• President Donald Trump signaled he may take a less confrontational path toward curbing Chinese investments in sensitive American technologies, potentially relying on a U.S. committee that scrutinizes foreign acquisitions for national security risks. Trump made remarks Tuesday at the White House that appeared to align with Treasury Secretary Steven Mnuchin’s approach, in an internal administration debate over how to protect U.S. intellectual property from China.
  • Qatar Petroleum, the world’s biggest seller of liquefied natural gas, is looking to get even larger, investing $20 billion in America’s oil and gas fields at a time when rival U.S. exporters are expanding. The investments will be made over five years, Chief Executive Officer Saad Sherida al-Kaabi said in an interview with Bloomberg News in Washington. Some of that will likely go toward lining up gas supplies for the Golden Pass LNG export project in Texas, being developed with Exxon Mobil Corp.
  • At least some buyers of Iranian supplies in the world’s biggest oil market are considering acquiescing to U.S. President Donald Trump’s demands. As the American administration piles pressure on its allies to entirely halt purchases of Iranian supplies, Japan’s Fuji Oil Co. and Taiwan’s Formosa Petrochemical Corp. are considering ending imports from the OPEC member — though they are yet to make a final decision. South Korea has already put some imports on hold while Emirates National Oil Co. in the U.A.E. is trying alternatives to cargoes from the Islamic Republic.
  • OPEC is heeding consumers’ calls to pump more crude, but that’s only making the oil market more nervous. The fleeting reassurance that came from Saudi Arabia’s pledge last week to lead a substantial production increase was swept away on Tuesday as tougher U.S. sanctions on Iran shifted focus back to the world’s dwindling buffer of emergency crude supply.
  • T-Mobile US Inc. Chief Executive Officer John Legere will tell lawmakers Wednesday his company’s proposed purchase of Sprint Corp. will bring lower prices, while a former U.S. antitrust official will say the deal poses dangers from less competition. Legere and Sprint Corp. Executive Chairman Marcelo Claure are among witnesses scheduled to appear at a hearing before the Senate’s antitrust panel as Washington begins to turn its attention to the $26.5 billion deal that would reduce the number of nationwide wireless carriers from four to three.
  • A federal judge ordered the Trump administration to reunite immigrant children who were separated from their families at U.S. border crossings, and to refrain from detaining parents without their children. U.S. District Judge Dana Sabraw in San Diego said in a ruling late Tuesday there was no dispute that the U.S. government wasn’t prepared to accommodate the consequences of President Donald Trump’s “zero tolerance” policy of prosecuting all adults entering the U.S. illegally from Mexico and separating any children they had with them.
  • Capital One Financial Corp. is limiting how account data flows to outside apps for managing finances, prompting a backlash from the bank’s customers who say they have been locked out of their own information. A technology upgrade led to the disruption, people familiar with the situation said. Plaid Technologies, whose software is used to connect banks with third parties, is unable to link with some Capital One accounts, according to the people, who requested anonymity because they weren’t authorized to speak publicly.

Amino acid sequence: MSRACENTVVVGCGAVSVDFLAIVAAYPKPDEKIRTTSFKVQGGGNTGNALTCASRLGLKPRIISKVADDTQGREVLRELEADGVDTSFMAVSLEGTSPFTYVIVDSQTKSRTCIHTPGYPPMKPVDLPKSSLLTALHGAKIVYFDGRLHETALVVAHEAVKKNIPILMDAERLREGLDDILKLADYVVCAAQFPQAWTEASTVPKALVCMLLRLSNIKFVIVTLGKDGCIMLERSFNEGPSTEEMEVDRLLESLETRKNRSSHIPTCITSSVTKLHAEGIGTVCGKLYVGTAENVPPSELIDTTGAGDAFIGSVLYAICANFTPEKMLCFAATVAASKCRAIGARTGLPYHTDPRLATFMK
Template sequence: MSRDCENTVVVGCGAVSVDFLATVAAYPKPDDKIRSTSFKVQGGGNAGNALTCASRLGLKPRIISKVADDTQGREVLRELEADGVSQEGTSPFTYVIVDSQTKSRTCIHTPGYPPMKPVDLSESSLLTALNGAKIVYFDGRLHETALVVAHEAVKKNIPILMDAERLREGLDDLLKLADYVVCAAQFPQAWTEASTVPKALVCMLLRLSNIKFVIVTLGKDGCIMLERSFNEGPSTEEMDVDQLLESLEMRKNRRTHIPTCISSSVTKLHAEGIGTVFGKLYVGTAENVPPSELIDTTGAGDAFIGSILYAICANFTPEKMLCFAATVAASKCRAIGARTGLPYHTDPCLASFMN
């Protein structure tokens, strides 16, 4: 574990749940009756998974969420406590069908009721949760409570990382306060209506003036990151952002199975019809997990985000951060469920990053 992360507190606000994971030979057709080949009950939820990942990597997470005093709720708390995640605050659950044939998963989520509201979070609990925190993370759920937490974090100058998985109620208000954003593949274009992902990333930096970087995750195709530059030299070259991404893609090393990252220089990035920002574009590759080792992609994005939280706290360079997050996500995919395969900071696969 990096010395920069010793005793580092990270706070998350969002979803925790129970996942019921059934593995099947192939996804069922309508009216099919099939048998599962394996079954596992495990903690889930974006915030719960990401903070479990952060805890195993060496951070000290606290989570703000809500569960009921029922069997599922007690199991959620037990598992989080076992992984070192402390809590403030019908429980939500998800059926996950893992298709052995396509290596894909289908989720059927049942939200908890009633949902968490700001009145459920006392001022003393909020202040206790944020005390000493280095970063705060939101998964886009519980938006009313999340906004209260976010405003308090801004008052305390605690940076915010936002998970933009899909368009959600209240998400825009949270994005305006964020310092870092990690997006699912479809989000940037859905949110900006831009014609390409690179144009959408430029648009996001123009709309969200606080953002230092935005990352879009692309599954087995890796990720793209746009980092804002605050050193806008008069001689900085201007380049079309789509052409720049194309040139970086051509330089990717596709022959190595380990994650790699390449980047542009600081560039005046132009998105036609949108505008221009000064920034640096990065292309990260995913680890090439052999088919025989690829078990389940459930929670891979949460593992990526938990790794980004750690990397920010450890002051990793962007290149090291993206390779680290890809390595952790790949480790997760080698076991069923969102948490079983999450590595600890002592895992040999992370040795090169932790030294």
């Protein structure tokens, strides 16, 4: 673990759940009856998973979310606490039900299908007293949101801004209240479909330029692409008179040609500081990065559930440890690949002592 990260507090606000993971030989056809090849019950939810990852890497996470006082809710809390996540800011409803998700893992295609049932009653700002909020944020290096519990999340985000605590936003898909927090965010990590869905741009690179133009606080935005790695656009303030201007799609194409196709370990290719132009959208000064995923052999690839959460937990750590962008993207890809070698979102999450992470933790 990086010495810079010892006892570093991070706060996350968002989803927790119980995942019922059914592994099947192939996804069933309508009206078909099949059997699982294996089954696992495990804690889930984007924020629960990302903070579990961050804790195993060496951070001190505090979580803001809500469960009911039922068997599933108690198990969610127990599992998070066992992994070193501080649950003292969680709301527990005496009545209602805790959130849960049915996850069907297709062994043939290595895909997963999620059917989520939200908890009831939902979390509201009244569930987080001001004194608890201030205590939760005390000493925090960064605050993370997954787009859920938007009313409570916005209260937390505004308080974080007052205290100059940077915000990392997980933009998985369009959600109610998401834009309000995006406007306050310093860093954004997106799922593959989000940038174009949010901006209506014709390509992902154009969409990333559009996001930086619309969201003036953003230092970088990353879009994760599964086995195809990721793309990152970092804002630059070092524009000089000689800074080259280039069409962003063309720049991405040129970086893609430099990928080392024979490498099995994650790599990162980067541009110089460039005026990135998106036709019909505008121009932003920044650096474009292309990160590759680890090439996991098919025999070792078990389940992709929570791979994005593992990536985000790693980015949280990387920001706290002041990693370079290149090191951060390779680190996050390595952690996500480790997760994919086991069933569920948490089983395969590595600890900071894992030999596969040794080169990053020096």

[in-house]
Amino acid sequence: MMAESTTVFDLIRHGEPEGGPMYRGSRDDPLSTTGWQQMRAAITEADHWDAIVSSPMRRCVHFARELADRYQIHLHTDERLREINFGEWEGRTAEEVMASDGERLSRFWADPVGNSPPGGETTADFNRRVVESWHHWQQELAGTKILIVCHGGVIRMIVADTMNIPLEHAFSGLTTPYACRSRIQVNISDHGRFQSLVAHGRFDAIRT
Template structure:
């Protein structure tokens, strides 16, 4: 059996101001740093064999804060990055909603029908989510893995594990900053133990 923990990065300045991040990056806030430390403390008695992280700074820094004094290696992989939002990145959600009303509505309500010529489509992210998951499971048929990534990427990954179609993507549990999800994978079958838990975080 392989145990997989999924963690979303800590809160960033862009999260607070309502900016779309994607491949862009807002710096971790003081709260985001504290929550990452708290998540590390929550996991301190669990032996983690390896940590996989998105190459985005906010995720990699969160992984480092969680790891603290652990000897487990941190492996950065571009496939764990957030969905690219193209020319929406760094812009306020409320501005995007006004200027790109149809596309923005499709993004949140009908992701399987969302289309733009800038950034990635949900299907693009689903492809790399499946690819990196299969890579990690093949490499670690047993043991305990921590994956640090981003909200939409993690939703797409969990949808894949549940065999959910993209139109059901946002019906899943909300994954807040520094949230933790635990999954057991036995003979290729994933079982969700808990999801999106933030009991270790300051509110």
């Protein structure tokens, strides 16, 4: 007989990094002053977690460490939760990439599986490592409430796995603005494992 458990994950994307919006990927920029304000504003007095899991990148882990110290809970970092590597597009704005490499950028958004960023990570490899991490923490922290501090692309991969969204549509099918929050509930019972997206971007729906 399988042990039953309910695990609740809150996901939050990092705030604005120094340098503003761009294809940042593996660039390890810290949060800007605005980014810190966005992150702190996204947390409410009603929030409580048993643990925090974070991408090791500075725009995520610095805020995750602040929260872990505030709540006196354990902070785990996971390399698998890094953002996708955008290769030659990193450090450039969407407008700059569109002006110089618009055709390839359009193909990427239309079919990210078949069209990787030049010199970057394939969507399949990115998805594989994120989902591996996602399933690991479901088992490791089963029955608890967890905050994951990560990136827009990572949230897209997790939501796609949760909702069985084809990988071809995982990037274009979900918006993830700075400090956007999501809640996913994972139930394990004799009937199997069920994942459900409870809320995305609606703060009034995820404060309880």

• India’s top steelmaker JSW Steel Ltd. says it’s scouting for more deals in the U.S. and Europe to expand its global footprint, betting that vibrant growth will underpin demand in overseas markets and complement a boom at home that’s seen the mill ramp up local output. “What is driving us is that, inherently, we find it is an interesting opportunity because the U.S. economy is doing well” and the investment cycle looks positive, Joint Managing Director Seshagiri Rao said in an interview. After meeting half its target for 10 million tons of capacity overseas, the steelmaker is now looking to buy more facilities, Rao said in Mumbai.
  • IHS Towers Ltd. has postponed an initial public offering that would have valued the company at as much as $10 billion, according to people familiar with the matter, because of concern that a sale may take place too close to an election in its home market of Nigeria. Africa’s largest tower company, whose shareholders include Goldman Sachs Group Inc., Wendel SA and South African wireless carrier MTN Group Ltd., was seeking to raise about $1 billion in New York, said the people, asking not to be identified as the details aren’t public. The share sale may now be postponed until next year, they said.
  • Orsted A/S stands to pocket as much as $3.7 billion from a potential sale of assets in Denmark as a utility that once relied on fossil fuels consolidates its status as a global giant in renewable energy. The company, which is based in western Denmark, has started a process to sell its Danish power distribution and residential customer businesses, itsaid on Tuesday. It’s being advised by Danske Bank A/S in a process on which management hopes to decide before the end of the first half of next year.


*All sources from Bloomberg unless otherwise specified